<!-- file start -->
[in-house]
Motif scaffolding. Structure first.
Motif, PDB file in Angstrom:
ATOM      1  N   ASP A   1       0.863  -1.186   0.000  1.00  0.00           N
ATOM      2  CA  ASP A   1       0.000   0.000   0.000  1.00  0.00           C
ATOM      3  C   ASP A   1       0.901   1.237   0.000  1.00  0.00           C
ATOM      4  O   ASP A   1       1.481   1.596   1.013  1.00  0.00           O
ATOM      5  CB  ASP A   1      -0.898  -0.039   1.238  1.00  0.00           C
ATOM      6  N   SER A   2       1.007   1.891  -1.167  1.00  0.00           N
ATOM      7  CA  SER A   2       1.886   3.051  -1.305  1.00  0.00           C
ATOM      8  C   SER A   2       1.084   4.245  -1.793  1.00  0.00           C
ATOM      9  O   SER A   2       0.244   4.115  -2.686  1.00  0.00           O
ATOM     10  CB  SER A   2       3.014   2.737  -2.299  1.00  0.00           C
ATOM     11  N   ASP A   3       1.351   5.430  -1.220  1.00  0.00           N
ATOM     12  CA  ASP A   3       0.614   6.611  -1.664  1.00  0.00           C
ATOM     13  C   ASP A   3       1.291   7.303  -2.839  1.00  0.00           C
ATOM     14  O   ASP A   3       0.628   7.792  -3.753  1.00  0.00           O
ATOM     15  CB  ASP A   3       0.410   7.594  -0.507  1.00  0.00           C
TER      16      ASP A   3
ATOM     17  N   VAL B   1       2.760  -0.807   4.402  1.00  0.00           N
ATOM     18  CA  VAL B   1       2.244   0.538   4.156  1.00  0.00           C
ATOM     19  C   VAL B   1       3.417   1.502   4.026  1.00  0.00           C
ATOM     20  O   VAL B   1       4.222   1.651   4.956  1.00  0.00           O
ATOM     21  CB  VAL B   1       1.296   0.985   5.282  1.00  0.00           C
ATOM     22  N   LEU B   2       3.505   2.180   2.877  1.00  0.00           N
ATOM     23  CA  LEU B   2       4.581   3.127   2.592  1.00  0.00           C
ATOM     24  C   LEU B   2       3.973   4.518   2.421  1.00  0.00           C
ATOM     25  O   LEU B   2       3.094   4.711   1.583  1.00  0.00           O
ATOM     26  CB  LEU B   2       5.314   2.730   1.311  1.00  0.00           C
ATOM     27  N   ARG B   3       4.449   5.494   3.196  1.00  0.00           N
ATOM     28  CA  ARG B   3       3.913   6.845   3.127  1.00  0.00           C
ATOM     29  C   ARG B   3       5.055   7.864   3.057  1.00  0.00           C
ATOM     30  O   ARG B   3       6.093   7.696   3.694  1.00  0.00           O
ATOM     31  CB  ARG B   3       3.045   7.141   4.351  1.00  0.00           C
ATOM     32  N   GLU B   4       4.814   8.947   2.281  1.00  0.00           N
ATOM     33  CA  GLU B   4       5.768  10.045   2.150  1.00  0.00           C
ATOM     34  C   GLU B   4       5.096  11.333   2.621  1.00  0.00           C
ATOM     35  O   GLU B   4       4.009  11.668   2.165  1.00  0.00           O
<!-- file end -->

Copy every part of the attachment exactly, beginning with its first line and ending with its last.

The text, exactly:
[in-house]
Motif scaffolding. Structure first.
Motif, PDB file in Angstrom:
ATOM      1  N   ASP A   1       0.863  -1.186   0.000  1.00  0.00           N
ATOM      2  CA  ASP A   1       0.000   0.000   0.000  1.00  0.00           C
ATOM      3  C   ASP A   1       0.901   1.237   0.000  1.00  0.00           C
ATOM      4  O   ASP A   1       1.481   1.596   1.013  1.00  0.00           O
ATOM      5  CB  ASP A   1      -0.898  -0.039   1.238  1.00  0.00           C
ATOM      6  N   SER A   2       1.007   1.891  -1.167  1.00  0.00           N
ATOM      7  CA  SER A   2       1.886   3.051  -1.305  1.00  0.00           C
ATOM      8  C   SER A   2       1.084   4.245  -1.793  1.00  0.00           C
ATOM      9  O   SER A   2       0.244   4.115  -2.686  1.00  0.00           O
ATOM     10  CB  SER A   2       3.014   2.737  -2.299  1.00  0.00           C
ATOM     11  N   ASP A   3       1.351   5.430  -1.220  1.00  0.00           N
ATOM     12  CA  ASP A   3       0.614   6.611  -1.664  1.00  0.00           C
ATOM     13  C   ASP A   3       1.291   7.303  -2.839  1.00  0.00           C
ATOM     14  O   ASP A   3       0.628   7.792  -3.753  1.00  0.00           O
ATOM     15  CB  ASP A   3       0.410   7.594  -0.507  1.00  0.00           C
TER      16      ASP A   3
ATOM     17  N   VAL B   1       2.760  -0.807   4.402  1.00  0.00           N
ATOM     18  CA  VAL B   1       2.244   0.538   4.156  1.00  0.00           C
ATOM     19  C   VAL B   1       3.417   1.502   4.026  1.00  0.00           C
ATOM     20  O   VAL B   1       4.222   1.651   4.956  1.00  0.00           O
ATOM     21  CB  VAL B   1       1.296   0.985   5.282  1.00  0.00           C
ATOM     22  N   LEU B   2       3.505   2.180   2.877  1.00  0.00           N
ATOM     23  CA  LEU B   2       4.581   3.127   2.592  1.00  0.00           C
ATOM     24  C   LEU B   2       3.973   4.518   2.421  1.00  0.00           C
ATOM     25  O   LEU B   2       3.094   4.711   1.583  1.00  0.00           O
ATOM     26  CB  LEU B   2       5.314   2.730   1.311  1.00  0.00           C
ATOM     27  N   ARG B   3       4.449   5.494   3.196  1.00  0.00           N
ATOM     28  CA  ARG B   3       3.913   6.845   3.127  1.00  0.00           C
ATOM     29  C   ARG B   3       5.055   7.864   3.057  1.00  0.00           C
ATOM     30  O   ARG B   3       6.093   7.696   3.694  1.00  0.00           O
ATOM     31  CB  ARG B   3       3.045   7.141   4.351  1.00  0.00           C
ATOM     32  N   GLU B   4       4.814   8.947   2.281  1.00  0.00           N
ATOM     33  CA  GLU B   4       5.768  10.045   2.150  1.00  0.00           C
ATOM     34  C   GLU B   4       5.096  11.333   2.621  1.00  0.00           C
ATOM     35  O   GLU B   4       4.009  11.668   2.165  1.00  0.00           O